Word 2016 For Dummies
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Word 2016 stores the most common text-formatting commands on the Home tab, in the Font group, as shown. The base attribute of text is its typeface, or font. The font sets the way your text looks and its overall style.

Text-formatting commands in the Font group.
Text-formatting commands in the Font group.

Although choosing the best font can be agonizing (and, indeed, many graphic artists are paid well to choose just the right font), the process isn't too difficult. It generally goes like this:

  1. Click the Home tab.

  2. In the Font group, click the down arrow by the Font item.

    A list of fonts appears, similar to what's shown on the right in the figure.

  3. Select a font.

    As you point the mouse pointer at a font, text in the document changes to preview the font. Click to choose the font and change the text format.

The Font menu is organized to help you locate the font you need. The top part of the menu lists fonts associated with the document theme. The next section contains fonts you've chosen recently, which is handy for reusing fonts. The rest of the list, which can be quite long, shows all fonts available to Word. The fonts appear in alphabetical order and are displayed as they would appear in the document.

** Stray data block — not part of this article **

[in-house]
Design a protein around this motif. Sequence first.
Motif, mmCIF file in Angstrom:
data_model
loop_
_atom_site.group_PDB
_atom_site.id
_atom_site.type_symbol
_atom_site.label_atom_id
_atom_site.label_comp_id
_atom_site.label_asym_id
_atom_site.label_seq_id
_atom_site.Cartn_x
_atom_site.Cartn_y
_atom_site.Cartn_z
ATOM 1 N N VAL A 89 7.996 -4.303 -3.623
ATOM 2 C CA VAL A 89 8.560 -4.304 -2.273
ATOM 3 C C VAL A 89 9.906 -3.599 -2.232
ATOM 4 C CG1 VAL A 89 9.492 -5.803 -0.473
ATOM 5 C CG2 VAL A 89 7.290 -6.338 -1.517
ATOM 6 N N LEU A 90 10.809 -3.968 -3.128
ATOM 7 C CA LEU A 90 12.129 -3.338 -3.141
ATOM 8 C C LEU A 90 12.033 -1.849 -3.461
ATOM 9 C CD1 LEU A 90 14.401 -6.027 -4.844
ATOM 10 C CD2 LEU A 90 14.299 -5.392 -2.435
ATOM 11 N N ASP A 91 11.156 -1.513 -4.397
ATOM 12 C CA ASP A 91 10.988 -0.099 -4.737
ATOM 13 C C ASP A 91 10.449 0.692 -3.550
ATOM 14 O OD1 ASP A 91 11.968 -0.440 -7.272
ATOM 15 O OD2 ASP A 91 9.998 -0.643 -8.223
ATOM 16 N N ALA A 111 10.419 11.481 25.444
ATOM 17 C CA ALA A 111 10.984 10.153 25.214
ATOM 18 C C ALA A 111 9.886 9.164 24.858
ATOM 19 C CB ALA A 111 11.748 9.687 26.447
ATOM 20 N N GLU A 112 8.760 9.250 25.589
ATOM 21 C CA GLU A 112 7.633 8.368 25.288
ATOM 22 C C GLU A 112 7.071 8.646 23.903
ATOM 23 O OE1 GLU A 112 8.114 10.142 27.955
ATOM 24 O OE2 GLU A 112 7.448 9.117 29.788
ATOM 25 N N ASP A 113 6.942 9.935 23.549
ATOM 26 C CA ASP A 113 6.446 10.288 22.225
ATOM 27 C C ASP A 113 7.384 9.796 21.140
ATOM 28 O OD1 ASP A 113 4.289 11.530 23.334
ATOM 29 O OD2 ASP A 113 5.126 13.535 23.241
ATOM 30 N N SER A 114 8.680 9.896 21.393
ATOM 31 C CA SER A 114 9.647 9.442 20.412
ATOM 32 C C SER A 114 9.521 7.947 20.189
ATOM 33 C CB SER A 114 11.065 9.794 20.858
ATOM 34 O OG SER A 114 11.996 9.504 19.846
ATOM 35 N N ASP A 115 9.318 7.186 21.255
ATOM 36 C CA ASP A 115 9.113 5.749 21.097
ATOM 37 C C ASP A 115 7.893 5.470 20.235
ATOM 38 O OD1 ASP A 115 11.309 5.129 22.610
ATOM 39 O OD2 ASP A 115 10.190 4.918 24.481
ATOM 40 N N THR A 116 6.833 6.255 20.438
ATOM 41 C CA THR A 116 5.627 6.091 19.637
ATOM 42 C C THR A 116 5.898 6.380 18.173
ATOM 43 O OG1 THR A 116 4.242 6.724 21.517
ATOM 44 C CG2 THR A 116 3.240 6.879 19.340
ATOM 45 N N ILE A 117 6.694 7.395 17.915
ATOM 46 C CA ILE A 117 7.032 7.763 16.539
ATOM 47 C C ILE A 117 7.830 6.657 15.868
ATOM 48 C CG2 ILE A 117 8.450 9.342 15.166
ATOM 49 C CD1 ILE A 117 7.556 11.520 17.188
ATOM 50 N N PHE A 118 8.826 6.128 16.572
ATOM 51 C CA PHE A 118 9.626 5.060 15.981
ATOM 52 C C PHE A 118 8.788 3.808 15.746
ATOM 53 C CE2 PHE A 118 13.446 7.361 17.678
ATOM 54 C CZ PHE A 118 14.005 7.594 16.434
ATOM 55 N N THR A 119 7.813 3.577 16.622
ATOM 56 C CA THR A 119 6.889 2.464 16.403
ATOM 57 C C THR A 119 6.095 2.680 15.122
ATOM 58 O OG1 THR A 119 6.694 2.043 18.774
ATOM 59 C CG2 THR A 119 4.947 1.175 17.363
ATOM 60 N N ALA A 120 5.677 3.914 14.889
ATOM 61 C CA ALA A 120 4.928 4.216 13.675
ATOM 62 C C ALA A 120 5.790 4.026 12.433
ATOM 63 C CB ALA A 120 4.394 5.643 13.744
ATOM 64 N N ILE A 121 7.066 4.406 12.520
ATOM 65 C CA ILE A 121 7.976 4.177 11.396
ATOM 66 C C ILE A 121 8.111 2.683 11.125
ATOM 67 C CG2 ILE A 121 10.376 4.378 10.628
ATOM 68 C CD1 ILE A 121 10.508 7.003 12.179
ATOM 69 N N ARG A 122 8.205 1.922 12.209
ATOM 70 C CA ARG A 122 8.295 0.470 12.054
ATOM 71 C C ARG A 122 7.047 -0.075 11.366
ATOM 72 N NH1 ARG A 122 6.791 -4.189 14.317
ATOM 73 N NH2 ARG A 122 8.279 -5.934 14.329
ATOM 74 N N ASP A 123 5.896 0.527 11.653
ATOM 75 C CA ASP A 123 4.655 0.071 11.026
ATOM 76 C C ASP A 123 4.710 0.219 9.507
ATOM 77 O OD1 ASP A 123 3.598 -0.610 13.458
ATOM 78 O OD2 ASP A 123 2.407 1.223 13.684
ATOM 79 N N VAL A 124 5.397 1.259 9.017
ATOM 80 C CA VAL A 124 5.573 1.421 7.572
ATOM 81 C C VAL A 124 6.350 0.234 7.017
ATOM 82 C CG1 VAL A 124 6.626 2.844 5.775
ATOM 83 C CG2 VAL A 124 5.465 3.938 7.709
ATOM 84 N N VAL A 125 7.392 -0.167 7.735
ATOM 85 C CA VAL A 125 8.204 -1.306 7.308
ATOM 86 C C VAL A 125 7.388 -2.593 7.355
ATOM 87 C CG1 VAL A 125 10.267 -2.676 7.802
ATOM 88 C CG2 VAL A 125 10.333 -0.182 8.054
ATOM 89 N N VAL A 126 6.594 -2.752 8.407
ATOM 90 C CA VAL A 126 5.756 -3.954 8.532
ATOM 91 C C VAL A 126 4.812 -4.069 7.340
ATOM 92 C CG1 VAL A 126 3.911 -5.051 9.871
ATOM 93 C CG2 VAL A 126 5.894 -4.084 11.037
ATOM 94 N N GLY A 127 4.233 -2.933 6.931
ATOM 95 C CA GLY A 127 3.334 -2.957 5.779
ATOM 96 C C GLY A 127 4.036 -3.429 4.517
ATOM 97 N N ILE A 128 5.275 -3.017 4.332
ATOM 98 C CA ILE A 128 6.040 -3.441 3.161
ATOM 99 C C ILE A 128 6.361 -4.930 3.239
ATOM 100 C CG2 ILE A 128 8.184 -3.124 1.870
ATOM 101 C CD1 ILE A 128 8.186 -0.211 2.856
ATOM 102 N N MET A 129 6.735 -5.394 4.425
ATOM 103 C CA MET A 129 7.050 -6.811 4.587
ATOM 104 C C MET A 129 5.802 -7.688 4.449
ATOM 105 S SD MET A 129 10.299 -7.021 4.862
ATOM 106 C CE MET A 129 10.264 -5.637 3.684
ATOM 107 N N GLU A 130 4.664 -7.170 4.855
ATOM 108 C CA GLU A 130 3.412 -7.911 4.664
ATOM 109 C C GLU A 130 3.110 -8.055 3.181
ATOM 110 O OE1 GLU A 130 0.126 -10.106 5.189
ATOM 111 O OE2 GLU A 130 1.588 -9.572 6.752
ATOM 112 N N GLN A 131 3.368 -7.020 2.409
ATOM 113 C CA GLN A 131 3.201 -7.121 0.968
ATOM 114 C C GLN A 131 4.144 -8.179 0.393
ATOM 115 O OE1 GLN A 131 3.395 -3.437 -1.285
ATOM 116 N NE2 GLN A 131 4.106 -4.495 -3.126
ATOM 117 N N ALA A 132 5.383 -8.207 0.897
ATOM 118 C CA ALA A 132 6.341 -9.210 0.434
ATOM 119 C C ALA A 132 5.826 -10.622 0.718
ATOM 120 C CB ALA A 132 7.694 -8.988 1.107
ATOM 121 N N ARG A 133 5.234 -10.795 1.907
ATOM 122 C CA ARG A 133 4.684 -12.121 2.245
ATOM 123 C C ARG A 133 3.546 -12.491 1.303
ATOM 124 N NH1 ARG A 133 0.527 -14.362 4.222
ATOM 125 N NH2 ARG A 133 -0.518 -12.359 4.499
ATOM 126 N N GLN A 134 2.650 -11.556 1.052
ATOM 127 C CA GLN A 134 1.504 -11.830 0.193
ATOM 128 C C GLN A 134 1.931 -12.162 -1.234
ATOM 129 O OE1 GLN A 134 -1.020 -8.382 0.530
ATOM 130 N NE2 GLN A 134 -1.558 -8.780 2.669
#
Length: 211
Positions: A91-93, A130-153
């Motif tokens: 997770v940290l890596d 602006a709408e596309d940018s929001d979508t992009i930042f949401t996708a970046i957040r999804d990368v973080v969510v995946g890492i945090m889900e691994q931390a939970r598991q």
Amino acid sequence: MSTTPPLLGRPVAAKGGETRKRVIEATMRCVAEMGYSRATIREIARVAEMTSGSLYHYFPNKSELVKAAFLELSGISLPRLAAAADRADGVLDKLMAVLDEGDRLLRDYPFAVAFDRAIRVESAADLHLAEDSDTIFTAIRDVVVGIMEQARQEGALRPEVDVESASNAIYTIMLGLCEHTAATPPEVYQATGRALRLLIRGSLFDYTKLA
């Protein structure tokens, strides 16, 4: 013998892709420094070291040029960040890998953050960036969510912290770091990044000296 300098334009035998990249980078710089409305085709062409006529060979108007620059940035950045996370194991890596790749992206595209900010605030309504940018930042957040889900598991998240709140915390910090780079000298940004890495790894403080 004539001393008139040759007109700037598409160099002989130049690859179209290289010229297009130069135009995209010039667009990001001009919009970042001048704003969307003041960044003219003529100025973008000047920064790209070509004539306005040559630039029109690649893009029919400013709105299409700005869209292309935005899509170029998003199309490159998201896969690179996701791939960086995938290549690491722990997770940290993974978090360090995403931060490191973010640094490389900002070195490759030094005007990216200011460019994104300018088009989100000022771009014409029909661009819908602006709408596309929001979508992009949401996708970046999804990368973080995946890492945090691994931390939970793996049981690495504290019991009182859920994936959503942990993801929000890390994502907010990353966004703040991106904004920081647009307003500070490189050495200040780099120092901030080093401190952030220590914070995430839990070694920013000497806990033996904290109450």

• To quickly scroll to a specific part of the Font menu, type the first letter of the font you need. For example, type T to find Times New Roman.

  • If you know the exact font name, you can type it in the Font text box, which seems like a horrifically nerdy thing to do.

  • When a font name doesn't appear the Font group (the text box is blank), it means that more than one font is selected in the document.

  • Fonts are the responsibility of Windows, not Word. Thousands of fonts are available for Windows, and they work in all Windows applications.

    Graphic designers prefer to use two fonts in a document — one for the text and one for titles. Word is configured this way as well. The Body font is set for text. The Heading font is set for titles. These two fonts are set as part of the document theme.

About This Article

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About the book author:

Dan Gookin wrote the first-ever For Dummies book, DOS For Dummies. The author of several bestsellers, including all previous editions of Word For Dummies, Dan has written books that have been translated into 32 languages with more than 11 million copies in print.

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